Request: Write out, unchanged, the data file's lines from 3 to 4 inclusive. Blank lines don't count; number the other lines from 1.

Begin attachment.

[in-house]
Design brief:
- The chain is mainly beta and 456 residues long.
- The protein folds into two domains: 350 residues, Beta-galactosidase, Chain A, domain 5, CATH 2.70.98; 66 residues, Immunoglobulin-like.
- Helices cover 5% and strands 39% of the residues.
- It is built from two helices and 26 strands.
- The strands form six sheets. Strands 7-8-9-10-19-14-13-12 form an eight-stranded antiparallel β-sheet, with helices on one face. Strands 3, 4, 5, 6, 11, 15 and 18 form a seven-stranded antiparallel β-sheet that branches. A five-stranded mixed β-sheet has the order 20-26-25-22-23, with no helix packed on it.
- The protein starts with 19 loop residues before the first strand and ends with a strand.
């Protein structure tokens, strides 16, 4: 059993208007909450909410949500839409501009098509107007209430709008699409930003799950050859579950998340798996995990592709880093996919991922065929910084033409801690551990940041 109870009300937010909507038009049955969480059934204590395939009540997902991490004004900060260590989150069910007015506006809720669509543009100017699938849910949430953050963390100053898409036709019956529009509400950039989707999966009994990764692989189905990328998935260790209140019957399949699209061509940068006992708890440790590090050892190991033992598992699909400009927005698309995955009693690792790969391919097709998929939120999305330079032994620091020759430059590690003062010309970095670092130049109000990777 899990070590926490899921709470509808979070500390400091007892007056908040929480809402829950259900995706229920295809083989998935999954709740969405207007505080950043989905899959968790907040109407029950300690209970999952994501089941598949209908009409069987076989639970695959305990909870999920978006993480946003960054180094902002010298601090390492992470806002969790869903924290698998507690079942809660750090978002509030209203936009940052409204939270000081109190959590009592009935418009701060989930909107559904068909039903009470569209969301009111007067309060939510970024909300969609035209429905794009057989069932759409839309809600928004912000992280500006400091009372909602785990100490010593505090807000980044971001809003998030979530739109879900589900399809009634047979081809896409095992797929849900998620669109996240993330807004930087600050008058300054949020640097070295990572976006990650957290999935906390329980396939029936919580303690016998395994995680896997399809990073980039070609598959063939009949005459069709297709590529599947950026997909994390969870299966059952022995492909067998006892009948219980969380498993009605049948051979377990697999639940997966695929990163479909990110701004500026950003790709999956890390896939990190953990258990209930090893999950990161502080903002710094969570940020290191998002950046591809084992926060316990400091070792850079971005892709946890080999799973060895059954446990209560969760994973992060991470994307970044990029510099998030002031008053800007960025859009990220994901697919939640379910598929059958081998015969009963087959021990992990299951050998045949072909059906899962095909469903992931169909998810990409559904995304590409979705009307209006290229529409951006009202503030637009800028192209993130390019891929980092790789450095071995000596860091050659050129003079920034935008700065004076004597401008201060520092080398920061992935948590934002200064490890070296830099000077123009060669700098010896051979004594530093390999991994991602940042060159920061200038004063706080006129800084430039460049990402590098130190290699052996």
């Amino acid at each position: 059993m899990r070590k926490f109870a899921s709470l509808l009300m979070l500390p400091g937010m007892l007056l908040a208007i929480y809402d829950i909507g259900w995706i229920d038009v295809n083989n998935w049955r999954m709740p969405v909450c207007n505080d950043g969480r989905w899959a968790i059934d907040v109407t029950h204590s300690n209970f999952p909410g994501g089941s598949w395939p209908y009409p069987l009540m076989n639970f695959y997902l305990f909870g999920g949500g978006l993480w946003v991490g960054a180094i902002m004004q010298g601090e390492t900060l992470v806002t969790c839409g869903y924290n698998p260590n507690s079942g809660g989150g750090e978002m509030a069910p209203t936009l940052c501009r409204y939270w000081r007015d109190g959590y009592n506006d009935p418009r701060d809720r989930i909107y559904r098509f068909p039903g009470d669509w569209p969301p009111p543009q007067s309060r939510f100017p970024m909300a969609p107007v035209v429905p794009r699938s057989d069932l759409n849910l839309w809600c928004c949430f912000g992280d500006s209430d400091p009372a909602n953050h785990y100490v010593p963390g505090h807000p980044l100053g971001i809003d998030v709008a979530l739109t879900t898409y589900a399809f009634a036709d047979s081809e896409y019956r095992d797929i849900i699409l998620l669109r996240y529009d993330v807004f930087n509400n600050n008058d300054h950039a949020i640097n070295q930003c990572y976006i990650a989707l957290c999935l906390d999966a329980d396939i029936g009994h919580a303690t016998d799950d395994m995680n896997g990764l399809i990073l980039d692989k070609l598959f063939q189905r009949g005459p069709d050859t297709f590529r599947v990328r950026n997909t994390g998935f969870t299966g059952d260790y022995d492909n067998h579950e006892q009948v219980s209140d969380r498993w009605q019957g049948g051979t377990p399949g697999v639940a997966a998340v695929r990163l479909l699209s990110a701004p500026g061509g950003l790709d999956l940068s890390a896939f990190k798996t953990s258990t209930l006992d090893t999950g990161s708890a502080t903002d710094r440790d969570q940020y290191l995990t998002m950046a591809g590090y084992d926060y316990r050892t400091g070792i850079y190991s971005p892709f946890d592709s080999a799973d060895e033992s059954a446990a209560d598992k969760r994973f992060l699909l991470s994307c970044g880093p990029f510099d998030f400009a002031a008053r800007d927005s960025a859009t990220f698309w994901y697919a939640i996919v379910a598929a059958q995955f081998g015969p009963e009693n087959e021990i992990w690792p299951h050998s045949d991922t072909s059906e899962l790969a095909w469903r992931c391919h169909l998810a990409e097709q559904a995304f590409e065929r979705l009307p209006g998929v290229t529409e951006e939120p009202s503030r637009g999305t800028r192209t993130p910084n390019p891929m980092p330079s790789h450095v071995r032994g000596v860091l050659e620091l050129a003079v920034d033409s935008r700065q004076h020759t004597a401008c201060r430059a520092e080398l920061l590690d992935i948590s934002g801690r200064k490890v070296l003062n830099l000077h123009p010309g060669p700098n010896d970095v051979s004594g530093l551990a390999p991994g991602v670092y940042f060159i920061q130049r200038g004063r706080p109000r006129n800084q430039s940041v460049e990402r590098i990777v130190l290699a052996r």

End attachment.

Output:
- The chain is mainly beta and 456 residues long.
- The protein folds into two domains: 350 residues, Beta-galactosidase, Chain A, domain 5, CATH 2.70.98; 66 residues, Immunoglobulin-like.